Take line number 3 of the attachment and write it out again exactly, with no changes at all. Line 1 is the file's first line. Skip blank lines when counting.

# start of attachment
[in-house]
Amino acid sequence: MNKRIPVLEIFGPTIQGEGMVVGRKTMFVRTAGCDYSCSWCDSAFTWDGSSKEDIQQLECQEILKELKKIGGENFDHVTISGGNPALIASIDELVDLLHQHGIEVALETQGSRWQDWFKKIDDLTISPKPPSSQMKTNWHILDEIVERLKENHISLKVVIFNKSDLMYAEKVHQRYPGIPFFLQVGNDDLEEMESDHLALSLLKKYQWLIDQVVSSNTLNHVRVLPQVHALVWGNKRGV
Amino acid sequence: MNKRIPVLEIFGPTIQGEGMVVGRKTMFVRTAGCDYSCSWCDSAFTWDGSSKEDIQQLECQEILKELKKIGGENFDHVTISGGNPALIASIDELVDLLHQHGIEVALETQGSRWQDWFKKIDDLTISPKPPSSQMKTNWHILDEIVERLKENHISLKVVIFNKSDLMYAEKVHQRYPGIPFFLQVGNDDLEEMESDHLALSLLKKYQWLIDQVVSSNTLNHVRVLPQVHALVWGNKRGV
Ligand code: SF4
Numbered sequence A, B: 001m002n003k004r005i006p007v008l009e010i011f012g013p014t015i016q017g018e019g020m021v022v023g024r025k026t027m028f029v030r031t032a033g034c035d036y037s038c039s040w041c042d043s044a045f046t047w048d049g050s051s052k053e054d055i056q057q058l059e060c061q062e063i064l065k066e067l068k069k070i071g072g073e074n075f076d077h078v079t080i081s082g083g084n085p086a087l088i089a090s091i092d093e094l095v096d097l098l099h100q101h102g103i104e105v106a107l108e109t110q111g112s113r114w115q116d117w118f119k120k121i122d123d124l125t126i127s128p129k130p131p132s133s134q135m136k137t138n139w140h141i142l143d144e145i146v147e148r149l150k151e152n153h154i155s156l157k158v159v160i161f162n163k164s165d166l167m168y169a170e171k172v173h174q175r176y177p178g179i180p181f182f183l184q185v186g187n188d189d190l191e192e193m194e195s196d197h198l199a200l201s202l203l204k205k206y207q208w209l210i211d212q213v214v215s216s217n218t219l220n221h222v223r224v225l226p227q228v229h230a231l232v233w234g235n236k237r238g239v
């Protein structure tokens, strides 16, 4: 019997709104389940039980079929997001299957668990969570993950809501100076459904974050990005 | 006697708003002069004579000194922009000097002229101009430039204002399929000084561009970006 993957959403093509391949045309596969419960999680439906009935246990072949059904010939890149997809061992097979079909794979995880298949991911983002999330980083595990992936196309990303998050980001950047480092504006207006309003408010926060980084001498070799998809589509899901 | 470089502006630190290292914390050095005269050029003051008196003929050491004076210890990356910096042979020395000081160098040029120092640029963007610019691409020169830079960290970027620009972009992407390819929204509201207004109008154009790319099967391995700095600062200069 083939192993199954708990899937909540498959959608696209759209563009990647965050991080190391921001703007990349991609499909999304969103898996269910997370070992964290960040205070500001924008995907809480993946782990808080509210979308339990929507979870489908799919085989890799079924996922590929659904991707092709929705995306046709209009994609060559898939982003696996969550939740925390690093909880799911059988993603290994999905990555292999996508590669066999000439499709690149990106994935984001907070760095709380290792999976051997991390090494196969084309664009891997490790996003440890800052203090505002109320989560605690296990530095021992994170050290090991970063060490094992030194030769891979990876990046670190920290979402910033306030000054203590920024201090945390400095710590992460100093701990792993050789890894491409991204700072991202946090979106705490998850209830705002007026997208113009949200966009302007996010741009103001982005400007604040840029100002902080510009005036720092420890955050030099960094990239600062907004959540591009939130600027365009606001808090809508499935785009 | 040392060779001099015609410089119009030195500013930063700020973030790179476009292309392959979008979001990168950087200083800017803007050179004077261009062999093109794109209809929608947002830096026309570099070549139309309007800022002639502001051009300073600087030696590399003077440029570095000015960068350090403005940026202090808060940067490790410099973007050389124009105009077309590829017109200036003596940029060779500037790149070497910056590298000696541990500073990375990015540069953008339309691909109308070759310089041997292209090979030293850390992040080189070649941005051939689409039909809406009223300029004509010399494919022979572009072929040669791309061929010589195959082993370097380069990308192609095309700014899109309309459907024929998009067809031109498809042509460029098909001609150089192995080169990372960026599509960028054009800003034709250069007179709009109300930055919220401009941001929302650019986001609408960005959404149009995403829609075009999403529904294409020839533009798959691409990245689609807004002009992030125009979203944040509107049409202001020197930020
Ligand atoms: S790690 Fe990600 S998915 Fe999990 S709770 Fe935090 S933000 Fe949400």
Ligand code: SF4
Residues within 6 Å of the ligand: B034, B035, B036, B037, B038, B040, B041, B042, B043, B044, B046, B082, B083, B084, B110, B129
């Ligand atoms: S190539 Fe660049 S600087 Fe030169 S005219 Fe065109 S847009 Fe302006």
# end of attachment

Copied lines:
Amino acid sequence: MNKRIPVLEIFGPTIQGEGMVVGRKTMFVRTAGCDYSCSWCDSAFTWDGSSKEDIQQLECQEILKELKKIGGENFDHVTISGGNPALIASIDELVDLLHQHGIEVALETQGSRWQDWFKKIDDLTISPKPPSSQMKTNWHILDEIVERLKENHISLKVVIFNKSDLMYAEKVHQRYPGIPFFLQVGNDDLEEMESDHLALSLLKKYQWLIDQVVSSNTLNHVRVLPQVHALVWGNKRGV